1. First, do the math
Even charitable efforts need a business plan. Don’t forget to account for expenses such as posters or phone bills in your total; you need to cover your costs. And don’t underestimate the number of volunteer hours you’ll need. “The reason why some campaigns might not work out is that there’s not enough advance planning,” says Jocelyne Daw, vice-president of marketing and community engagement for Imagine Canada, an umbrella group for non-profit organizations.
2. Make it nice and easy
With all the user-friendly word-processing and publishing programs available, there’s no excuse for your fundraising materials not to look good and read well. Make it as easy as possible for people to donate money, whether it be by cash, cheque or credit card. (Your bank can help you set up a special account.) If you’re mounting a big campaign, say, for a scholarship, consider registering your cause as an official charity with the Canada Revenue Agency. Beware: It involves some paperwork and a wait of three to seven months, but the costs are minimal and being able to issue tax receipts (which not all non-profits can do) is a huge bonus for donors. You’ll also get access to services such as CanadaHelps.org, an online portal that will collect funds and issue receipts on your behalf.
3. Fire up the computer
Many people prefer to be canvassed virtually rather than in person, and evidence suggests you will probably collect more money online, too. If you’re on a social-networking site, such as Facebook, use your page as more than a way to trade music playlists: Send out bulletins to friends to let them know about your goals. If your kids are computer-savvy, ask them to get involved and help you think of a creative online sales pitch.
4. Go ahead: Ask for it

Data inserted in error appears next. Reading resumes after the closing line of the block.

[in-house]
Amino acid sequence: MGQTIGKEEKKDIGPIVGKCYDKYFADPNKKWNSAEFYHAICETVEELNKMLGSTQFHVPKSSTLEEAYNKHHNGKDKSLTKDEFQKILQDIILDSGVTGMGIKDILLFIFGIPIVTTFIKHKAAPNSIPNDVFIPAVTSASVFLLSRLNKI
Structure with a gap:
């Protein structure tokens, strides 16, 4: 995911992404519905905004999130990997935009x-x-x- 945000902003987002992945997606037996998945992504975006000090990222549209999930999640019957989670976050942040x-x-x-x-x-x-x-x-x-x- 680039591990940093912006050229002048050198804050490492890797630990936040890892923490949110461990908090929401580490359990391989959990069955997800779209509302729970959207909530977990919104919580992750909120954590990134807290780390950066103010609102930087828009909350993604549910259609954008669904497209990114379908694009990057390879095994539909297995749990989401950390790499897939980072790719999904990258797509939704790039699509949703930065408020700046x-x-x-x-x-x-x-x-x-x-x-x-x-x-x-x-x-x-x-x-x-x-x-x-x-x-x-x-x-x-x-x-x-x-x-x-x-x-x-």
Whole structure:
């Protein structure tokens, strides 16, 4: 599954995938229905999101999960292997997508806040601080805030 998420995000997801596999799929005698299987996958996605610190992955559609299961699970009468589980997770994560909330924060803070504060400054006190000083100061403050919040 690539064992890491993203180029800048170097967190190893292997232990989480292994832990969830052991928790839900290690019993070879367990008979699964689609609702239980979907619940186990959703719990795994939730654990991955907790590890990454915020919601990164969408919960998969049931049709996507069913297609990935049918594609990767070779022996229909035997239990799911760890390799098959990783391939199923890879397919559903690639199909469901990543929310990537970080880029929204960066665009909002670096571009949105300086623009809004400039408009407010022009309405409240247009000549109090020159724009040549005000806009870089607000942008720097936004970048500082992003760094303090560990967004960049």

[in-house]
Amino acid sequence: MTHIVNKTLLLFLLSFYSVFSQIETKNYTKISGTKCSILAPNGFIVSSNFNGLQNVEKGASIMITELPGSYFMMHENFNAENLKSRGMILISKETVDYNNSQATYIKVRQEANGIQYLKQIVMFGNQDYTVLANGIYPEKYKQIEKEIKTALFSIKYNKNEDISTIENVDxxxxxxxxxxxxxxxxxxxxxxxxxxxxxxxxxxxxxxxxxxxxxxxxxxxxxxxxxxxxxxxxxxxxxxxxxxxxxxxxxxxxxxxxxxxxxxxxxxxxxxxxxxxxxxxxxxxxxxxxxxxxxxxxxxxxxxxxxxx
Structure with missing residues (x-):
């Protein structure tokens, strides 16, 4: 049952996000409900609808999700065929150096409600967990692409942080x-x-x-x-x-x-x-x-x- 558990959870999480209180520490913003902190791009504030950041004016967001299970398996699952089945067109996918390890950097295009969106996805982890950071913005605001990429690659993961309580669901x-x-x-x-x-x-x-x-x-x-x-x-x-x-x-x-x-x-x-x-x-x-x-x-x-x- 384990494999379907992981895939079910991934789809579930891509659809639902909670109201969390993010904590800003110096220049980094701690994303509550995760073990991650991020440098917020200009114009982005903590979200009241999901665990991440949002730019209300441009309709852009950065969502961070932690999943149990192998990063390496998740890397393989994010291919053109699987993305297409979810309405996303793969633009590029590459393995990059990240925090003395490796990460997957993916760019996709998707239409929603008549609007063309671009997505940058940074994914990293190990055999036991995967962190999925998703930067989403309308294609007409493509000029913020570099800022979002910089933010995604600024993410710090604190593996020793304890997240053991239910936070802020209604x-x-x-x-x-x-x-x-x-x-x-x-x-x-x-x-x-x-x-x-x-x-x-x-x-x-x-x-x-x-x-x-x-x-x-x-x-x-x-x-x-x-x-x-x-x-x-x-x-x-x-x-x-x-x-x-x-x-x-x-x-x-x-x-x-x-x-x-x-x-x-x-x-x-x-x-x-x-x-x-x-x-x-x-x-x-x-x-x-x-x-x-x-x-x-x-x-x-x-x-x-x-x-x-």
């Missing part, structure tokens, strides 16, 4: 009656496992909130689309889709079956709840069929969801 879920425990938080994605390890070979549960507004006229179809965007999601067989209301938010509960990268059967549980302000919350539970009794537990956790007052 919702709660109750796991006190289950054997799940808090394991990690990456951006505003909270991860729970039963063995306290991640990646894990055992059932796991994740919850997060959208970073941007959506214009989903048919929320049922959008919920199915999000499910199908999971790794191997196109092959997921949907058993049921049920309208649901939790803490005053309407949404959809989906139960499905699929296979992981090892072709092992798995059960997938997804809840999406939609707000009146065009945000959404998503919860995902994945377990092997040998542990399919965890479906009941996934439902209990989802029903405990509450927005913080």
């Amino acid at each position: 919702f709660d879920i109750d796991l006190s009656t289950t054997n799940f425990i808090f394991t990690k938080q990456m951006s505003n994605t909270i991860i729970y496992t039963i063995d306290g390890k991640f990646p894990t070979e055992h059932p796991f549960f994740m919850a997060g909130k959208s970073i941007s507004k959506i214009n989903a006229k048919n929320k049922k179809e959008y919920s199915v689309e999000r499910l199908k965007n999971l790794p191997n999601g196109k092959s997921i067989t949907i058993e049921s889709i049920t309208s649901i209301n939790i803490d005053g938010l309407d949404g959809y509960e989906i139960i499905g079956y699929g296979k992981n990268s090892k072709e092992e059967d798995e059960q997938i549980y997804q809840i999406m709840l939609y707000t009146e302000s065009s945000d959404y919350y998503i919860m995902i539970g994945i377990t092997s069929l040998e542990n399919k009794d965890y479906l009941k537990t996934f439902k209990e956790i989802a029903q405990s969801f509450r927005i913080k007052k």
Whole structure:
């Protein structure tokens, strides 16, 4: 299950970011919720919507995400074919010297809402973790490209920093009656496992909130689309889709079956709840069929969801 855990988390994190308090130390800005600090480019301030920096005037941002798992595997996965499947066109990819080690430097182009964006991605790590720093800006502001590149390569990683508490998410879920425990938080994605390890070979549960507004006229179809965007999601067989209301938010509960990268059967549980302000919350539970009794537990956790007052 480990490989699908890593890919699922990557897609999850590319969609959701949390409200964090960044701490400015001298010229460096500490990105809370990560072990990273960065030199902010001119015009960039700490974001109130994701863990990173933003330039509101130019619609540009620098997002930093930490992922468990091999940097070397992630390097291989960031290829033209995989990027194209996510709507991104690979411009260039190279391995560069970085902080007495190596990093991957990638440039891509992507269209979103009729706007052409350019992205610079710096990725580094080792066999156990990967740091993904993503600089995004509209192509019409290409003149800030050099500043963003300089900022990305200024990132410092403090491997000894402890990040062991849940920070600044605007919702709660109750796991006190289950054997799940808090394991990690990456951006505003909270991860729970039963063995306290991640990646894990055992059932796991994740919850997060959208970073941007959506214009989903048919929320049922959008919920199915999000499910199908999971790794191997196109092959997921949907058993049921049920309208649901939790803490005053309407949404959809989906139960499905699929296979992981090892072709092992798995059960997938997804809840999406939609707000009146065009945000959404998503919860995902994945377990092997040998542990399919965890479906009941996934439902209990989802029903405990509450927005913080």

People are more likely to give to a cause with distinct goals, so be as specific as possible in your pitch: Say, “We’re raising money for the choir’s sheet music,” not just, “We’re trying to help the choir.” You shouldn’t feel embarrassed about contacting friends and colleagues for support, but the etiquette about how often you should canvass is a personal decision. Some experts say ask as often as you need. Others think that when you ask more than three times a year, you may notice your pals start screening your calls and ignoring your emails.
5. Don’t let “No” get you down
What with separating the internet fraudsters offering shares in secret Nigerian bank accounts from the 80,000 registered charities in Canada, people are inundated with requests for money. Most of us ignore them, most of the time. If some people turn you down because they already support other charities, remain positive. Instead of getting discouraged, remember that, while raising money is crucial, a key spinoff of fundraising is fostering a sense of community among your volunteers and potential future donors.
6. Think outside the envelope
Sure, bake sales and car washes are time-honoured traditions, but don’t be afraid to be creative about raising money. Ask your friends to donate clothes that you can sell at a swap-meet-styled party at your home. Or consider “hosting” a tongue-in-cheek, formal-dress “non-event.” People can donate what they would have paid for babysitting, parking and party clothes, but instead of a night of desperate schmoozing over rubber-chicken dinners, they get to spend a relaxing evening at home. “It’s not a lot of work and it puts a smile on people’s faces,” says Daw. Silent auctions remain a great way to fundraise. And remember that it’s not just products, but “service” items such as having somebody walk your dog after a long day at work, or watering your grass when you’re on holiday that net the big bucks.
7. Say two words: Thank you
Neglecting your supporters is not just rude, it’s a social gaffe that can put a dent in future campaigns. “There’s no such thing as a one-off in fundraising,” Daw explains. Your thank-you can be as simple as a short letter or email. Businesses that contributed certainly appreciate knowing you’ll refer clients their way. But what most people really want is to hear what happened to the project to which they contributed. Did that school playground ever get built? How did the family do in the walkathon? A final report (and it doesn’t have to be long and fancy) is an essential way of completing the circle that connects donors to your cause.